The subject matter of these later stories is varied, but some thematic links are discernable. Erotic fascination and dependency, so prominent in "Thiel" and The Heretic of Soana, recur, for instance, in Der Schuss im Park, Das Meerwunder, and Hauptmann's last novella, Mignon, where the aging narrator is totally captivated by the eponymous heroine, the homeless, orphaned daughter of a nobleman who lives the life of a wandering minstrel. The cultural pessimism of earlier stories also resurfaces, sometimes in even bleaker form, as in Das Meerwunder, the positively misanthropic message of which may indirectly reflect Hauptmann's despair at the triumph of Nazism. Occasionally this pessimism turns to nostalgia for Germany's "good old days," whether in a eulogy about timber-framed houses in Meissen (Die Hochzeit auf Buchenhorst) or in the "wake" for the Hotel Krone ("Die Spitzhacke"), which is celebrated by a bizarre gathering of animals and birds, each representing a traditional German inn sign.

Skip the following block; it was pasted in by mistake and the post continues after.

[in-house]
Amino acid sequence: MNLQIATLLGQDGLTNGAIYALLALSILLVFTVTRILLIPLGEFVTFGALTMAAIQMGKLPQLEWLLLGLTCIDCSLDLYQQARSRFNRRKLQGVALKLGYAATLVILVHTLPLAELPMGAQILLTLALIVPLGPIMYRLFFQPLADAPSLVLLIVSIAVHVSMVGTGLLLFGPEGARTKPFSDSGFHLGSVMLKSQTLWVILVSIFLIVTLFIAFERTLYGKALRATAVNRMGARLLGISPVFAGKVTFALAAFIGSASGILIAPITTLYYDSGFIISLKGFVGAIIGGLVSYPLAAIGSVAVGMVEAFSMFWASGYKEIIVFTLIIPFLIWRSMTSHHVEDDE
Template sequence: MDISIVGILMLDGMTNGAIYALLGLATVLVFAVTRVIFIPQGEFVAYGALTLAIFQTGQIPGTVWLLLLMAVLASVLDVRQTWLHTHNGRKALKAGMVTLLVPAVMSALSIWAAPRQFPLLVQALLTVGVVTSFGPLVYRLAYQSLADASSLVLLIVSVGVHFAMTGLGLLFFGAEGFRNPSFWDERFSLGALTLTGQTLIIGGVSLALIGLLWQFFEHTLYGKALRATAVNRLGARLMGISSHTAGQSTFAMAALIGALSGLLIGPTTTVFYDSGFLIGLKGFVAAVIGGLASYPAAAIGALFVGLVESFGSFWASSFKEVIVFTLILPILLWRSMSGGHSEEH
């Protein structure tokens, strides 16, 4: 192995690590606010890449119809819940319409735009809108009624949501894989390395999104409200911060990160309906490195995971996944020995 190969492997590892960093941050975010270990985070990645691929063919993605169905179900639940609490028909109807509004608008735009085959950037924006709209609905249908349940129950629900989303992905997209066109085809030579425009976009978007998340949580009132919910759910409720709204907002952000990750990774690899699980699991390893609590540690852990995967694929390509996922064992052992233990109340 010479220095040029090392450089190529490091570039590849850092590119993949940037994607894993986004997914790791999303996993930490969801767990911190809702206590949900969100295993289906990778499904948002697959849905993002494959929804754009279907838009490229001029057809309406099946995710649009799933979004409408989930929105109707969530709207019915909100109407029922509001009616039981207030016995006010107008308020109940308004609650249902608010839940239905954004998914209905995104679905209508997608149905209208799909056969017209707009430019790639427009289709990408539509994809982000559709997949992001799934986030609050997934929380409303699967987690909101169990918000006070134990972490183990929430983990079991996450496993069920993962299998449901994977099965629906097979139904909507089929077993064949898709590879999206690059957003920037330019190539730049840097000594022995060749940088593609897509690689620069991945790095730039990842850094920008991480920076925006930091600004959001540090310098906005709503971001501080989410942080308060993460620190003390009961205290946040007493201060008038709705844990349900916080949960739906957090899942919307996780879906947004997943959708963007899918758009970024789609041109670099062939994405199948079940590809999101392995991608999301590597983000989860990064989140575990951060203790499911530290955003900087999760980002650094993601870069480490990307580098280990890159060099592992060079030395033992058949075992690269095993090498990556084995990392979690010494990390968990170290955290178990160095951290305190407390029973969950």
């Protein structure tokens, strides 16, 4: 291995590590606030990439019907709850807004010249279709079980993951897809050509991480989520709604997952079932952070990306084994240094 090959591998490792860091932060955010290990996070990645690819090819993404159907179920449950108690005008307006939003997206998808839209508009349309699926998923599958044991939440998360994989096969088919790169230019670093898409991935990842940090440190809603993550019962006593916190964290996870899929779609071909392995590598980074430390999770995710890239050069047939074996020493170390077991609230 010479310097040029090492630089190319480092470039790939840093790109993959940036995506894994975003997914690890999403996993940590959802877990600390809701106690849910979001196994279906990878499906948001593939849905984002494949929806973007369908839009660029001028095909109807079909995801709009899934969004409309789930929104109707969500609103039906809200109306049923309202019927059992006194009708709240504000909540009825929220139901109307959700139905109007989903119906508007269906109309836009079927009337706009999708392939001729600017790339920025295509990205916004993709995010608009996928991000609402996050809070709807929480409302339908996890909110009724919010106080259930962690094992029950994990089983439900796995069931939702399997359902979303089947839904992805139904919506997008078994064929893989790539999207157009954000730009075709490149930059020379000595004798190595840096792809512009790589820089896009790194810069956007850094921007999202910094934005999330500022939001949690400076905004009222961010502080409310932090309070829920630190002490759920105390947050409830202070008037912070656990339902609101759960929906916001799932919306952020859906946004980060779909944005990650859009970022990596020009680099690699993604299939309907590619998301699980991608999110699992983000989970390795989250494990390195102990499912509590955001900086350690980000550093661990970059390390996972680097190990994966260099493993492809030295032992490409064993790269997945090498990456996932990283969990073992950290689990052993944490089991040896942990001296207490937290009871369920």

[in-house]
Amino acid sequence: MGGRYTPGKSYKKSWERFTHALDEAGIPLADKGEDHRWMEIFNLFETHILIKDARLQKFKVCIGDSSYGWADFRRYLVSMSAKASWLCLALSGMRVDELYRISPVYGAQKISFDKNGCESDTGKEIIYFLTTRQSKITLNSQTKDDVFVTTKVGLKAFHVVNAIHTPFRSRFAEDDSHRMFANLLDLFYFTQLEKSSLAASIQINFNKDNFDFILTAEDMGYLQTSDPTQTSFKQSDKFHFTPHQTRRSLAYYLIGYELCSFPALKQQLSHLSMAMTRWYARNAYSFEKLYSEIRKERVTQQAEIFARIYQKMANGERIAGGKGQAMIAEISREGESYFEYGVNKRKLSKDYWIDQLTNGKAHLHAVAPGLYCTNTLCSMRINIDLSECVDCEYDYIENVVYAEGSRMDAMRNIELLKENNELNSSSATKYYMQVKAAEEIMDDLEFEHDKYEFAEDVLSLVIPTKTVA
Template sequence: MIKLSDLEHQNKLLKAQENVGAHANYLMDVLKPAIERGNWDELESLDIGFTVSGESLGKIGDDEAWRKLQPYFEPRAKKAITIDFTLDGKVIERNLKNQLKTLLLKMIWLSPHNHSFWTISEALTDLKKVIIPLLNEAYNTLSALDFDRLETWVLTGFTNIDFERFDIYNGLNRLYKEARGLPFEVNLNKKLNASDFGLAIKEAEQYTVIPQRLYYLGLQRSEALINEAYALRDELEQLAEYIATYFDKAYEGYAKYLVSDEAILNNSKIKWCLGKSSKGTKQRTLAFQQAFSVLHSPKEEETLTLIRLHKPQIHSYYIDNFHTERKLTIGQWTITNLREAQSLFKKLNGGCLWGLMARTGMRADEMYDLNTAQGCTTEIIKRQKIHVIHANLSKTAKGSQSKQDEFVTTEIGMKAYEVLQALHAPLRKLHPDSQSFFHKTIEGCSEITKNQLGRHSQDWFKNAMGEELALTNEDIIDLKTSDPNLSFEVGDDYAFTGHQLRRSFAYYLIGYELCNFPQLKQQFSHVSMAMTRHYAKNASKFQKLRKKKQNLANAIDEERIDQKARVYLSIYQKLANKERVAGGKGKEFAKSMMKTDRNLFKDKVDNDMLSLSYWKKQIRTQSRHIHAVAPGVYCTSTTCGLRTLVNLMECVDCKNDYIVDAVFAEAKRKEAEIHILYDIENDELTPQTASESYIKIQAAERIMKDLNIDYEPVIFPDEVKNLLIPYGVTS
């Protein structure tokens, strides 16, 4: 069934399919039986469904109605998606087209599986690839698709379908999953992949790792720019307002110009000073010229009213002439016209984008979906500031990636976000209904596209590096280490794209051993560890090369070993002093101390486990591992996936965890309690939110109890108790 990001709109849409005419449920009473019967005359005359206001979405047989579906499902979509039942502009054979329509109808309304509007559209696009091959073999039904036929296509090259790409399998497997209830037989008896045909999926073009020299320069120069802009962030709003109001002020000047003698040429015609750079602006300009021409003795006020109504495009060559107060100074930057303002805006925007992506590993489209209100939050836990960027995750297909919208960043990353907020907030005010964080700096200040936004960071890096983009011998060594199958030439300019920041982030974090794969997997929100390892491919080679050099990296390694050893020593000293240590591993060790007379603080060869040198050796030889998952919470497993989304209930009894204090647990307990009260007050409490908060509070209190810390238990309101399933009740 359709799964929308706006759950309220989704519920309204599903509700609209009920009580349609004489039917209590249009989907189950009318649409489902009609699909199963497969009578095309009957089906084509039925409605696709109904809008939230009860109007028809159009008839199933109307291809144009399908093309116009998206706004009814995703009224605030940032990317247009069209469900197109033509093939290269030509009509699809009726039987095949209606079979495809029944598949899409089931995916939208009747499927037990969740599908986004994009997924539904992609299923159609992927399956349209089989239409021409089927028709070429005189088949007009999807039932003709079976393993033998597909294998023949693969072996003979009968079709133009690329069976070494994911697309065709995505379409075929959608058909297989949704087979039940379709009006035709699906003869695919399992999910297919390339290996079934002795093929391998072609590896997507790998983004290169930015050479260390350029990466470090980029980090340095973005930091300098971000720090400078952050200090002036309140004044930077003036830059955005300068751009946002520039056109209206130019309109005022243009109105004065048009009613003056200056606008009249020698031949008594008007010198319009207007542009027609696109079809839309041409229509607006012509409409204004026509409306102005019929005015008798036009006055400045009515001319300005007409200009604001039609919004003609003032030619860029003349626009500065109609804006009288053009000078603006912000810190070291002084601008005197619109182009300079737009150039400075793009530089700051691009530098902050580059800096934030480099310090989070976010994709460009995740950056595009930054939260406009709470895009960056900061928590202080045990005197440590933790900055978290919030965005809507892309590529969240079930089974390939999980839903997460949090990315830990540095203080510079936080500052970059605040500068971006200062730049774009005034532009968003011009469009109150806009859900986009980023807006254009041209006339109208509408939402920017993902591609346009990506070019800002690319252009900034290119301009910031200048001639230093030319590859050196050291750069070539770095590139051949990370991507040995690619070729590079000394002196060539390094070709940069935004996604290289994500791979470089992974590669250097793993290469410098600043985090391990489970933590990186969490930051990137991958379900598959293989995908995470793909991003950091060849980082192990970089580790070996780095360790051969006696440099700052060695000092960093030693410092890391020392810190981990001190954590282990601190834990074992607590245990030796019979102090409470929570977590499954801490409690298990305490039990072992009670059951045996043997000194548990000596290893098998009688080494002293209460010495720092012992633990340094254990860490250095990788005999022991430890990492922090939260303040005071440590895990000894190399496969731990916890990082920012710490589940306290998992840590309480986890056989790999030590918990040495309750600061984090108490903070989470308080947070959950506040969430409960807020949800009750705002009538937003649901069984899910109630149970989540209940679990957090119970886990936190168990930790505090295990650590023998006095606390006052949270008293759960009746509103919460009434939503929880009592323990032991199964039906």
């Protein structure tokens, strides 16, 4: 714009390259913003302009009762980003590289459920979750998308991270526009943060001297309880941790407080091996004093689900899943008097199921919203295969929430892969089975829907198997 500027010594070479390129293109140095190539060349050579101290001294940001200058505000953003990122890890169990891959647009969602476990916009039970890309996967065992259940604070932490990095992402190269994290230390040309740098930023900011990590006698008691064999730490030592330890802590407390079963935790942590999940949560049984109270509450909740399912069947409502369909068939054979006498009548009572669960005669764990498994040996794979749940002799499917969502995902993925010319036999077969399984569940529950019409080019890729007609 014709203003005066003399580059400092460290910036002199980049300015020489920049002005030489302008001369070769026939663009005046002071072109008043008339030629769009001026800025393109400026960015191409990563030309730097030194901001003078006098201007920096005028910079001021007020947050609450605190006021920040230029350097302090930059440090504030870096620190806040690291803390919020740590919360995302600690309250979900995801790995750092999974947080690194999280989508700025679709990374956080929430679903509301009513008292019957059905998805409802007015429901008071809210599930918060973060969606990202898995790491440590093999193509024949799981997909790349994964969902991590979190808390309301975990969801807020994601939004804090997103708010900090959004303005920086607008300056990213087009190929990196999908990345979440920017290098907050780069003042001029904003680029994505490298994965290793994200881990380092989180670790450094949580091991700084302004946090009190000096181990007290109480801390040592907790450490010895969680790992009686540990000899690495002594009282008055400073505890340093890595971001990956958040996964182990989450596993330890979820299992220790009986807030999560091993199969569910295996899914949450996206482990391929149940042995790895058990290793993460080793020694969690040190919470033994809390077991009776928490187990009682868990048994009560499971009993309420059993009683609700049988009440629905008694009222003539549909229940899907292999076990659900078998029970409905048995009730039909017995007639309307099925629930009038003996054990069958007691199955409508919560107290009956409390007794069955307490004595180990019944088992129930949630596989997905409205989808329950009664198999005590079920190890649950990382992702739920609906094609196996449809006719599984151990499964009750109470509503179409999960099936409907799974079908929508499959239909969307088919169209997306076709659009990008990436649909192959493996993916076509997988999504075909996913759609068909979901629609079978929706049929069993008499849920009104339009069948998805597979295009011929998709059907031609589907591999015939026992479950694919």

The fusion of reality and fantasy in the latter story is typical of Hauptmann's tendency to introduce more and more dream-like or supernatural elements into his later work. Such effects are most extreme in Das Meerwunder, which at times is worthy of Edgar Allan Poe. Less horrific, but certainly uncanny, is the three-fold appearance of Goethe's ghost in Mignon, a story rich in allusions to "Wilhelm Meister." Another example is Das Märchen (The Fairy-Tale), a rather heavy-handed reworking of Goethe's symbolic fantasy of the same title. Here the contrast with the faithful representation of social realities in "Carnival" and "Lineman Thiel" could not be more marked.
See the essay on "Lineman Thiel."